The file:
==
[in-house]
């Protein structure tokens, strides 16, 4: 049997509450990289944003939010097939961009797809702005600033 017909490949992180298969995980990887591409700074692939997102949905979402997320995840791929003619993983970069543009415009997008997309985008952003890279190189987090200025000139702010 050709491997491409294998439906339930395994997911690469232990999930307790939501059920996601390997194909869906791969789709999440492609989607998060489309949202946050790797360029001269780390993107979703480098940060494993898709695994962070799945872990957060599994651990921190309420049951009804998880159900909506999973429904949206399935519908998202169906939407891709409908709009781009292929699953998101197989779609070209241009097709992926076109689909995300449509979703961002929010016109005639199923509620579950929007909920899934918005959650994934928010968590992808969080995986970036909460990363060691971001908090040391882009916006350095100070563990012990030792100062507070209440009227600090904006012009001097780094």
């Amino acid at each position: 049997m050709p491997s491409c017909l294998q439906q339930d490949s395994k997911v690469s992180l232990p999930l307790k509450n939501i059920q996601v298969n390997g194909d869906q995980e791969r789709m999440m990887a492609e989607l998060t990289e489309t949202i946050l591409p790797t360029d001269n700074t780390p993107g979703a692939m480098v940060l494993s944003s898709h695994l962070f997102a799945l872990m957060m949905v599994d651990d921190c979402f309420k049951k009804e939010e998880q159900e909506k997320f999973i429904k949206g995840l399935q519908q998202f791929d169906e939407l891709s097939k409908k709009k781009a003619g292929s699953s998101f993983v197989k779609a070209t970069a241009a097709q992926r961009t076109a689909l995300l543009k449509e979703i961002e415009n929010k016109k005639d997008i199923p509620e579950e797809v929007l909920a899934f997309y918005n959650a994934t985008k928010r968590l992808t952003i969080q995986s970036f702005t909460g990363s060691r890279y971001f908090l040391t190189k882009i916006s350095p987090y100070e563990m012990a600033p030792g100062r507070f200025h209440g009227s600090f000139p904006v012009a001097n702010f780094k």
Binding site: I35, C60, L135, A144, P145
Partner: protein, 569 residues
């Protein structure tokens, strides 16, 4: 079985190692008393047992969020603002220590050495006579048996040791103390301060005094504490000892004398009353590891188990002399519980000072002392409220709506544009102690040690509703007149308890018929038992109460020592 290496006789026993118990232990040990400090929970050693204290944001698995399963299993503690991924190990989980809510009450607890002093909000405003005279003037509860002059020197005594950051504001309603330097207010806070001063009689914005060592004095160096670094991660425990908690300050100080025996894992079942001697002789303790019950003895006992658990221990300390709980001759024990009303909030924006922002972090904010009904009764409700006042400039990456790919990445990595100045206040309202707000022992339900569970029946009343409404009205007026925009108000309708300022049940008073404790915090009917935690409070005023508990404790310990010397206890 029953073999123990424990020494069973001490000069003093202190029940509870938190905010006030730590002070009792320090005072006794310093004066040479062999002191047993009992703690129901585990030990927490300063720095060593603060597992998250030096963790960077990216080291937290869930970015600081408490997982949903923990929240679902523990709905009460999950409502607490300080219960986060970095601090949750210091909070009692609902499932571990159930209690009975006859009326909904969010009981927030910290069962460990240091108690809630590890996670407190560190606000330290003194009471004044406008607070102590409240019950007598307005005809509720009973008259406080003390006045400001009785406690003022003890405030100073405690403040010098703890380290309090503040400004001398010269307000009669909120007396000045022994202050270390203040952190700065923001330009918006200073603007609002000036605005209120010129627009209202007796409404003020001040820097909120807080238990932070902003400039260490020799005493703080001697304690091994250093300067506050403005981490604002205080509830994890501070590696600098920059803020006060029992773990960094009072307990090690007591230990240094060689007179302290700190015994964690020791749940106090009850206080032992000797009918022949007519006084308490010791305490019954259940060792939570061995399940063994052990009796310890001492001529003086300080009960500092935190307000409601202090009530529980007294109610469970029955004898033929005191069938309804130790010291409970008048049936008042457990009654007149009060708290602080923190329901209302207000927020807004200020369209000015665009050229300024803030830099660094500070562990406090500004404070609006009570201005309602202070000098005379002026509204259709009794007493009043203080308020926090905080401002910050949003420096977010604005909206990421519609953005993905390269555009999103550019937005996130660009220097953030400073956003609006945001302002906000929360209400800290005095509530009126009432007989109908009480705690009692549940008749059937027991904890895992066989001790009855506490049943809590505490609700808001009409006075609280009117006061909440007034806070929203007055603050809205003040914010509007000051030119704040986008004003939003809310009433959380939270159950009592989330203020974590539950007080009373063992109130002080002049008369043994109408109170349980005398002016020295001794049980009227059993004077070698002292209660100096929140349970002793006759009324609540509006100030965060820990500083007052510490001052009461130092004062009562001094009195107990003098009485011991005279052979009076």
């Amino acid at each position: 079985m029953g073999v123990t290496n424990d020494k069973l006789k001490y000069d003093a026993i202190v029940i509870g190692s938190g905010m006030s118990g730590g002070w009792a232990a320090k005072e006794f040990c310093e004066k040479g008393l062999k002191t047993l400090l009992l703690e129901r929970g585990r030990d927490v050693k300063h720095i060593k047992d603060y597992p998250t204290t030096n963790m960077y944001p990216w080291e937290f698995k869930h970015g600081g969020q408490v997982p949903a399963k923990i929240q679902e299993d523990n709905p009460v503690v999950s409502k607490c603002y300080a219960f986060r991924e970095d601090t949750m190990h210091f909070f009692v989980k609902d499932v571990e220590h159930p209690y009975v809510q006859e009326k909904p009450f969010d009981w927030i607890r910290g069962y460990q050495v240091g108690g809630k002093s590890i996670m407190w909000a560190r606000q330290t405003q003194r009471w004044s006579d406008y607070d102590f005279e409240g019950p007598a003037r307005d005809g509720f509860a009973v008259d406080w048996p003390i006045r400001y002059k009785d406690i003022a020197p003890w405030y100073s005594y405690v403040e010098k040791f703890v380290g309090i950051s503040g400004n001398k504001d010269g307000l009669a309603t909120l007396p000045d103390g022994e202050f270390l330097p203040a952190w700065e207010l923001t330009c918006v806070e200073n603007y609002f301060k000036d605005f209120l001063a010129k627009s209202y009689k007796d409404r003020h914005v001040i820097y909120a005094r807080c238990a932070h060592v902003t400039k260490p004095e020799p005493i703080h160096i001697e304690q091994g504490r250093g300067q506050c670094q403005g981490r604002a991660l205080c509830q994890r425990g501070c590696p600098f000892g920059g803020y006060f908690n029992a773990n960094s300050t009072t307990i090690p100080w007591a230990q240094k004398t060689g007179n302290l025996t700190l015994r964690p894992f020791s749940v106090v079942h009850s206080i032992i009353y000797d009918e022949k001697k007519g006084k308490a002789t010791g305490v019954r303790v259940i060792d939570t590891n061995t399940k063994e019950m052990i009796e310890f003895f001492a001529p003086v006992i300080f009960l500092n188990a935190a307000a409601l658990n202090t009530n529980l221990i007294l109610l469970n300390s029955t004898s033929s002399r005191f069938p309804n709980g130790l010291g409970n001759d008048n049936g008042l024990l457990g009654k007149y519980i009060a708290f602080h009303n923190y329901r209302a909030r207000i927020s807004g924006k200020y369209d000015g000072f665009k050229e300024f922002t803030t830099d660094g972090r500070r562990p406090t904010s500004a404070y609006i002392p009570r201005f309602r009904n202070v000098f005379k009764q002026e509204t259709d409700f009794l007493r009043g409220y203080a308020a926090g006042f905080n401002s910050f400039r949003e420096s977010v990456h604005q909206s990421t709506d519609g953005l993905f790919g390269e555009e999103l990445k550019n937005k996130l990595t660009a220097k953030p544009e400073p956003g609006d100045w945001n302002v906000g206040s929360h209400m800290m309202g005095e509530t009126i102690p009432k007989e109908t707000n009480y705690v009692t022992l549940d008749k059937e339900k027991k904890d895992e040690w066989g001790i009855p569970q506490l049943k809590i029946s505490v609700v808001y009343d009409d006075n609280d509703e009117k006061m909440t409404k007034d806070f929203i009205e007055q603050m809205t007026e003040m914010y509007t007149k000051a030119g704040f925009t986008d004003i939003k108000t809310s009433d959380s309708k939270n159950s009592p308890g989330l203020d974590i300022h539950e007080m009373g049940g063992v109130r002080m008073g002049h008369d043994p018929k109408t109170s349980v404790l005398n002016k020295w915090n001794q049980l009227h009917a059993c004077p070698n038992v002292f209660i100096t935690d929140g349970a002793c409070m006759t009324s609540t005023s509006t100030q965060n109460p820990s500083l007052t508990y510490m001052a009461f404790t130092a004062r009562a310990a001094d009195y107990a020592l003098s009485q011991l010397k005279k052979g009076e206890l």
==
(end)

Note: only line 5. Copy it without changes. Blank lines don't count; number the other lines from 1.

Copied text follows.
Partner: protein, 569 residues